He also has said that “in Satoshi’s early emails to me he was apparently unaware of Nick Szabo’s ideas.” So much for the cypherpunk origin theory of Bitcoin and its relationship to b-money and Bit Gold. It looks like Satoshi just wanted to pad his work for credibility. Szabo might be a cypherpunk, but Satoshi doesn’t appear to have been one.
Claim: Satoshi and Szabo share the same vision for Bitcoin
As we saw earlier, Charlie Lee used the shared vision argument to justify his opposition to the Segwit 2x fork, but a look at the evidence shows Szabo and Satoshi say almost entirely opposite things about important parts of Bitcoin. Compare what Szabo wrote in 2018 about scaling Bitcoin for small payments to what Satoshi wrote 10 years before.
Szabo: “I’ve always thought of Bitcoin as evolving into a settlements-and-large-payments layer that in the long term needed a layer 2 for consumer payments.”
Satoshi: “[Micropayments] can become more practical if I implement client-only mode and the number of network nodes consolidates into a smaller number of professional server farms. Whatever size micropayments you need will eventually be practical. I think in 5 or 10 years, the bandwidth and storage will seem trivial.”
While Satoshi expected Bitcoin to scale onchain according to Moore’s Law using large, professional server farms, Szabo says he has always believed that digital cash would require a base settlement layer and a second payment layer. Even 15 years before Satoshi published the Bitcoin whitepaper, Szabo explained on the Cypherpunk Mailing List a two-layer digital cash that is very different from Bitcoin: “accumulating credits/debits for use of on-line services (including travel services, concert tickets, etc. purchased on-line), eventually paid for by some “real” currency: FRNs, yen, etc. Implemented with Chaum-style protocol to prevent forgery and assure privacy.”
Let’s look at two more quotes to be sure Satoshi and Szabo don’t agree.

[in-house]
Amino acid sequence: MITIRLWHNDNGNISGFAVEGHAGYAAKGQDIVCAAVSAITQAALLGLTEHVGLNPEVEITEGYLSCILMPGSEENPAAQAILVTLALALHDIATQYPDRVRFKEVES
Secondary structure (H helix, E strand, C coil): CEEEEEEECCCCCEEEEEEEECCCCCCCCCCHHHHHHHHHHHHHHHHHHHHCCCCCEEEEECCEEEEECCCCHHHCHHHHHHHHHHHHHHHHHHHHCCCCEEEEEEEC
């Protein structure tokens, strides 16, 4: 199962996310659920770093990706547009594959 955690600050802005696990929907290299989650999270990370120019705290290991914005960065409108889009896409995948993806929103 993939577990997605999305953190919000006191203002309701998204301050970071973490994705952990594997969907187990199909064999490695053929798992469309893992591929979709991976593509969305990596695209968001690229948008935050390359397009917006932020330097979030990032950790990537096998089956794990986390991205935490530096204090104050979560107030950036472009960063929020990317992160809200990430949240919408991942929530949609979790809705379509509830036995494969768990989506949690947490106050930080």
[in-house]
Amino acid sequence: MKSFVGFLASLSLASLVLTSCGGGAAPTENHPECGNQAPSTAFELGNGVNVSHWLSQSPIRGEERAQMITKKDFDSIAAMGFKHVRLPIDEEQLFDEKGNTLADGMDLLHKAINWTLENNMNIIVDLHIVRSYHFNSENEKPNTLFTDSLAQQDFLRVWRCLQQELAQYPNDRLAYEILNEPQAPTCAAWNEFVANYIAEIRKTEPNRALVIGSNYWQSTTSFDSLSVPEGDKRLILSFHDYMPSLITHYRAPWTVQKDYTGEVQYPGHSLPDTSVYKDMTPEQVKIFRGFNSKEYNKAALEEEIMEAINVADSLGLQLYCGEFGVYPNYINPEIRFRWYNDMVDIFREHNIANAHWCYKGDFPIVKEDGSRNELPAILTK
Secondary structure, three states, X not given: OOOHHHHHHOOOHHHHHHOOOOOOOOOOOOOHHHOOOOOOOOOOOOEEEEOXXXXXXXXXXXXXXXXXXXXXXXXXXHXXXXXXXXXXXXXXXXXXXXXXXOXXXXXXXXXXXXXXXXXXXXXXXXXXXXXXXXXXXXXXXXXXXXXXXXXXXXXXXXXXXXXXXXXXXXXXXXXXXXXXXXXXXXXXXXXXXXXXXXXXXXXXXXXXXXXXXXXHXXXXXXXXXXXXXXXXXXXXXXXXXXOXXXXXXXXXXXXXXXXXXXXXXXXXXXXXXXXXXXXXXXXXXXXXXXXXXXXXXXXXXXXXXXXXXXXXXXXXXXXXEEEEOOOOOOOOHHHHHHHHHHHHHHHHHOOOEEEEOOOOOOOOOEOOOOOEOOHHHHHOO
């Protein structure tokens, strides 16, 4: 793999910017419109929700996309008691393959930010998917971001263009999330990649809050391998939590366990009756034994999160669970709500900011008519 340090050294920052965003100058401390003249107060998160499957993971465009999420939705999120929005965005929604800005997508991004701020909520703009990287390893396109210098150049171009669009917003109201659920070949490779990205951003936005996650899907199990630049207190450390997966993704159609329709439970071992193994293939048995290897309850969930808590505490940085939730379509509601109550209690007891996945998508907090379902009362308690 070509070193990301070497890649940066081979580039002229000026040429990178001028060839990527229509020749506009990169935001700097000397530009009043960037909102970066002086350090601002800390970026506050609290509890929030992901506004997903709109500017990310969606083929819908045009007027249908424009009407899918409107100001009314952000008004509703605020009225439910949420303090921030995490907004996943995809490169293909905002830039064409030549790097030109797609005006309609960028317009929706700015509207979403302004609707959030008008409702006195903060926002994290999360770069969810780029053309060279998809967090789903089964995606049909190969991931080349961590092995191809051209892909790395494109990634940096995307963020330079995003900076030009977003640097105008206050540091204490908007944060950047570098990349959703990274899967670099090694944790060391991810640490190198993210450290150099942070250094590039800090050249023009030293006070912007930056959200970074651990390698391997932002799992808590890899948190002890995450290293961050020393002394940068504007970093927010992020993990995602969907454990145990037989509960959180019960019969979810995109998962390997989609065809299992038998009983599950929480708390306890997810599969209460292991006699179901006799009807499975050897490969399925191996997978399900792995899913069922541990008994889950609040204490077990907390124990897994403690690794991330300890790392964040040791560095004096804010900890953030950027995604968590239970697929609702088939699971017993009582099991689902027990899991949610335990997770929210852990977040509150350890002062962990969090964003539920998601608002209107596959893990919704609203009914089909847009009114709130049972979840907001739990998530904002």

Szabo: “…we can have multiple protocol layers instead of separate kinds of physical objects. Bitcoin the settlement & large payments layer is the “gold”; layer 2s or 3s used for retail are the “silver” and “copper”, smaller but pegged to layer 1.”
Satoshi: “Gold mining is a waste, but that waste is far less than the utility of having gold available as a medium of exchange. I think the case will be the same for Bitcoin. The utility of the exchanges made possible by Bitcoin will far exceed the cost of electricity used.”
Satoshi and Szabo both refer to gold, but while Szabo called gold a settlement too, Satoshi specifically calls it a medium of exchange in his comparison to Bitcoin. In other words, Szabo thinks Bitcoin is for settlement while Satoshi thought Bitcoin was for payments. Szabo is a small-blocker, Satoshi was a big-blocker.
Claim: Nick Szabo deliberately altered his blog to hide his tracks
Did Szabo really alter a blog post about Bit Gold? He did. In 2008, Szabo dated a blog post from 2005 to December 2008, nearly two months after the Bitcoin whitepaper was released. Szabo-Satoshi theorists have jumped on this for years as the definitive smoking gun that proves Szabo was trying to mask his involvement in Bitcoin by making it appear he was working on Bit Gold at the same time Satoshi was releasing Bitcoin, but some searching shows this isn’t as scandalous as it appears. Szabo explained this in a post on August 20, 2008 announcing that he would be doing this so that he could bump his better articles to the front of the site as ‘reruns.’
Unenumerated is going into reruns season. For the next few weeks I will be reposting the best articles from this blog. These will mostly be posts from previous years, so unless you have been a reader since the beginning or have read most of the archives many of these will be new to you.
A web archive search of the 2006 article Wet code and dry shows he began changing dates to 2008 only a few days after the announcement, just like he said he would. Redating old posts so they appear at the top in the newsfeed is a well-known practice among bloggers and Nick redated several other posts in 2008 and 2009, including The Kula Ring, which was written in 2005 but now shows September 22nd as the date.
There’s no smoking gun here, just a common blogging practice.
What we’re left with after all this is substantially more difficulty making the case Szabo is Satoshi. Satoshi doesn’t match up nearly as well with the cypherpunk origin myths that have been common for so long which are essential for the Szabo theory, his vision for scaling Bitcoin is the opposite of Szabo’s, and the popular smoking gun theory about Szabo’s blog turns out to be much ado about nothing.
If Nick Szabo is Satoshi, he has done a remarkable job of leaving bread crumbs that point the opposite way. From what we know about Satoshi Nakamoto’s abilities, admittedly, that’s not entirely inconceivable.
Who do you think is Satoshi? One person? Many? Let us know in the comments section below.
Images credits: Shutterstock, fair use.